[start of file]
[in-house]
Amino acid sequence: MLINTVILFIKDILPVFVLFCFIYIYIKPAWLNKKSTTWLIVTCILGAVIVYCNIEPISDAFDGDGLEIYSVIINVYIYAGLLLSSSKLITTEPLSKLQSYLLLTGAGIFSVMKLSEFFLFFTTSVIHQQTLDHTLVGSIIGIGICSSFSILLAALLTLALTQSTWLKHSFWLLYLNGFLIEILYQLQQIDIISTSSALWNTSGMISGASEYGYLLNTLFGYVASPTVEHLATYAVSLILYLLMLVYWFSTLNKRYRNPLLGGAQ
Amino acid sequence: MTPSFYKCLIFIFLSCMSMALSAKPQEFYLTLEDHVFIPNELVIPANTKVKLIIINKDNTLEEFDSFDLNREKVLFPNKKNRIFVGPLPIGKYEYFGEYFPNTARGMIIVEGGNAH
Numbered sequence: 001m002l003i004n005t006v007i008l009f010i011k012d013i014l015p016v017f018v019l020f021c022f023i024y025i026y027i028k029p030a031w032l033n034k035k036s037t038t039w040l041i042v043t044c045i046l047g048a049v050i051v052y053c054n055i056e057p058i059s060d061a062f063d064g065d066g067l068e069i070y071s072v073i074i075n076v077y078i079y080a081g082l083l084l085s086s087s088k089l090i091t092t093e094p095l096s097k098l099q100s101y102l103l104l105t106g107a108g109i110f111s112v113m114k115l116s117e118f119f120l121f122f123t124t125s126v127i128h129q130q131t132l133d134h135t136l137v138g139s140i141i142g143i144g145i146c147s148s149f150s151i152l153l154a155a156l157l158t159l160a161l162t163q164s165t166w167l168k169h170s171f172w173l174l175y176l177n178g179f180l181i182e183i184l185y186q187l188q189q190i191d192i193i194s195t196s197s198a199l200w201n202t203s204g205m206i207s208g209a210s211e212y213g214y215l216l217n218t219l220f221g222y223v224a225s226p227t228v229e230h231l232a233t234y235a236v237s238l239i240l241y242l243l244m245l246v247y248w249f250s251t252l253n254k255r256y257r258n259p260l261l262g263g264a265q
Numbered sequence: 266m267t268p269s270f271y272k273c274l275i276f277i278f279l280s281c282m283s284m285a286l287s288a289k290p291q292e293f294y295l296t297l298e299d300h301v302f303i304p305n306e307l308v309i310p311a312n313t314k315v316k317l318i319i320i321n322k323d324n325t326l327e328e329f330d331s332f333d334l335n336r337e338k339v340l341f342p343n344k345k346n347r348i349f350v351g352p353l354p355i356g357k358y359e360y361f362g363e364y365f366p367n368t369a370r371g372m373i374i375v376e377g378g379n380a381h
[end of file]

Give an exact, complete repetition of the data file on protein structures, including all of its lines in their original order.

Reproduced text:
[in-house]
Amino acid sequence: MLINTVILFIKDILPVFVLFCFIYIYIKPAWLNKKSTTWLIVTCILGAVIVYCNIEPISDAFDGDGLEIYSVIINVYIYAGLLLSSSKLITTEPLSKLQSYLLLTGAGIFSVMKLSEFFLFFTTSVIHQQTLDHTLVGSIIGIGICSSFSILLAALLTLALTQSTWLKHSFWLLYLNGFLIEILYQLQQIDIISTSSALWNTSGMISGASEYGYLLNTLFGYVASPTVEHLATYAVSLILYLLMLVYWFSTLNKRYRNPLLGGAQ
Amino acid sequence: MTPSFYKCLIFIFLSCMSMALSAKPQEFYLTLEDHVFIPNELVIPANTKVKLIIINKDNTLEEFDSFDLNREKVLFPNKKNRIFVGPLPIGKYEYFGEYFPNTARGMIIVEGGNAH
Numbered sequence: 001m002l003i004n005t006v007i008l009f010i011k012d013i014l015p016v017f018v019l020f021c022f023i024y025i026y027i028k029p030a031w032l033n034k035k036s037t038t039w040l041i042v043t044c045i046l047g048a049v050i051v052y053c054n055i056e057p058i059s060d061a062f063d064g065d066g067l068e069i070y071s072v073i074i075n076v077y078i079y080a081g082l083l084l085s086s087s088k089l090i091t092t093e094p095l096s097k098l099q100s101y102l103l104l105t106g107a108g109i110f111s112v113m114k115l116s117e118f119f120l121f122f123t124t125s126v127i128h129q130q131t132l133d134h135t136l137v138g139s140i141i142g143i144g145i146c147s148s149f150s151i152l153l154a155a156l157l158t159l160a161l162t163q164s165t166w167l168k169h170s171f172w173l174l175y176l177n178g179f180l181i182e183i184l185y186q187l188q189q190i191d192i193i194s195t196s197s198a199l200w201n202t203s204g205m206i207s208g209a210s211e212y213g214y215l216l217n218t219l220f221g222y223v224a225s226p227t228v229e230h231l232a233t234y235a236v237s238l239i240l241y242l243l244m245l246v247y248w249f250s251t252l253n254k255r256y257r258n259p260l261l262g263g264a265q
Numbered sequence: 266m267t268p269s270f271y272k273c274l275i276f277i278f279l280s281c282m283s284m285a286l287s288a289k290p291q292e293f294y295l296t297l298e299d300h301v302f303i304p305n306e307l308v309i310p311a312n313t314k315v316k317l318i319i320i321n322k323d324n325t326l327e328e329f330d331s332f333d334l335n336r337e338k339v340l341f342p343n344k345k346n347r348i349f350v351g352p353l354p355i356g357k358y359e360y361f362g363e364y365f366p367n368t369a370r371g372m373i374i375v376e377g378g379n380a381h